I am trying to make a tower defence game where some critters are trying to make their ways through a 2D grid-like obstacle course. The idea is these critters cannot walk into the obstacles or into each other during their path, and they would like to get to the other side as soon as possible.

I just need a cheap, not-optimal solution that can path all the agents from one side of the map to another, moving in the grid (up-down-left-right) directions while not walking into each other nor into the obstacles.

I am not wanting an optimal solution, just one that looks reasonably greedily optimal would be nice (i.e. not like not moving the 2nd agent without completing the path on the first agent, etc).

I'm thinking about something with potential fields with a little bit of A* is as much as I am willing to compute. If there's anything simple to implement I'd be happy to know ! !

  • $\begingroup$ Can you give more information as to how the 2D grid map is saved? Is it a graph? a matrix of 'pass' and 'block' ? $\endgroup$
    – lox
    May 27, 2019 at 19:40

2 Answers 2


I would do a unique breadth exploration from the exit to get the shortest distance to exit of any position. Only obstacles (like walls) should be considered, not critters. This exploration should be done again each time an obstacle is added or removed. With some optimization, you may not have to recompute all the positions.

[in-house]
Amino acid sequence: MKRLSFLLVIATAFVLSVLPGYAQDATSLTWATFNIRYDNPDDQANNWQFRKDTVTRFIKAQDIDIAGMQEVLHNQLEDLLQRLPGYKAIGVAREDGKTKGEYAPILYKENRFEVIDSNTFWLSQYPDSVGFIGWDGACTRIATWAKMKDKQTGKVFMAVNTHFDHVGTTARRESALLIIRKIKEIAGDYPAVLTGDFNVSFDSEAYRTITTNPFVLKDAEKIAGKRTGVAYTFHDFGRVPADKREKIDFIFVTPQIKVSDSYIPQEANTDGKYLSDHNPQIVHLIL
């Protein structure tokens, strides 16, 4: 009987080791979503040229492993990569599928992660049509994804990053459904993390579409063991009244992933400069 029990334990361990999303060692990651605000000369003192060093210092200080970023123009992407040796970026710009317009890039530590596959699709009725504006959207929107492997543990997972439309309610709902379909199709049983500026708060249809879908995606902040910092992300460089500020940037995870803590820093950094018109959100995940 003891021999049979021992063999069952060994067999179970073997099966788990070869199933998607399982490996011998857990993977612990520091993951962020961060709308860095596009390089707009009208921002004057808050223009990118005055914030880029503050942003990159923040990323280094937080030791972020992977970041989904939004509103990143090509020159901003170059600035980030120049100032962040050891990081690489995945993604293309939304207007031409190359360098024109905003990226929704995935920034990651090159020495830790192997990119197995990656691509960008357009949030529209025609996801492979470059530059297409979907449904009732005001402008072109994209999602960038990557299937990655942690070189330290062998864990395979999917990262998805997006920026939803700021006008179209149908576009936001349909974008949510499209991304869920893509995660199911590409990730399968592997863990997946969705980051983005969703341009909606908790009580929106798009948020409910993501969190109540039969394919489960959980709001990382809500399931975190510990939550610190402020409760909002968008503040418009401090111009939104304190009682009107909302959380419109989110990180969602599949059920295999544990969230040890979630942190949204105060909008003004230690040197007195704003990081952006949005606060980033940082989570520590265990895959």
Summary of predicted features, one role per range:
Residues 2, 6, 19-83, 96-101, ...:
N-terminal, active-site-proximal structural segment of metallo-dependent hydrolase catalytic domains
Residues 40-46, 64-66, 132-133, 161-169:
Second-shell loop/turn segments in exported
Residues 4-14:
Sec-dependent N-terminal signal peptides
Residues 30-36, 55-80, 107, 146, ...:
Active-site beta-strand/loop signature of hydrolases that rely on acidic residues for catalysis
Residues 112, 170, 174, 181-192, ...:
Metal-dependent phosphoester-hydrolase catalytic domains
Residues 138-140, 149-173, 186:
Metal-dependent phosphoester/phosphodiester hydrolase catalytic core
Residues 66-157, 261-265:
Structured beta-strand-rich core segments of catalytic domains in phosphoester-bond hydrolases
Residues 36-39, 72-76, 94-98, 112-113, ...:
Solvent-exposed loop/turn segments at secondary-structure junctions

Then each time a critter should move, check if any accessible position has a better (lower) distance to exit. If not, the critter stay in position, else it moves to the one with the lowest distance to exit.

By "any accessible position", you can consider either up-down-left-right or something more complicated (moving more than one space, jumping obstacles and so on...).

  • $\begingroup$ i believe this is indeed the solution I ended up using. the policy if "move closer if able otherwise stay put" seems to be a good one here indeed. I think it was not expensive to re-compute once per obsticle change for my case. but yeah this is the cleanest way to go. thanks ! $\endgroup$
    – Evan Pu
    Jun 29, 2019 at 17:42

A possible approach can be to use similar techniques to the ones used to solve some variants of sokoban.
First, you need to solve a one-to-all shortest path, in order to obtain the distance between any vertex and the destination on your original graph G, taking in account the obstacles, but not the critters.
Once you have that, you can consider the graph of configurations. A vertex of this graph is a configuration, meaning a representation of G along with the position of your critters.
You can define a heuristic h, which to a configuration associates a distance estimation, in this case the sum of the distances between the critters and the arrival.
All you have to do then is to run an A* algorithm on the graph of configurations. When you are in a configuration, the reachable configurations are the configuration where one of your critters has moved of one step on the grid.
The origin configuration is G with the critters in their original positions, and the destination configuration is G with the critter all on the destination vertex. The heuristic for A* is the one defined above.


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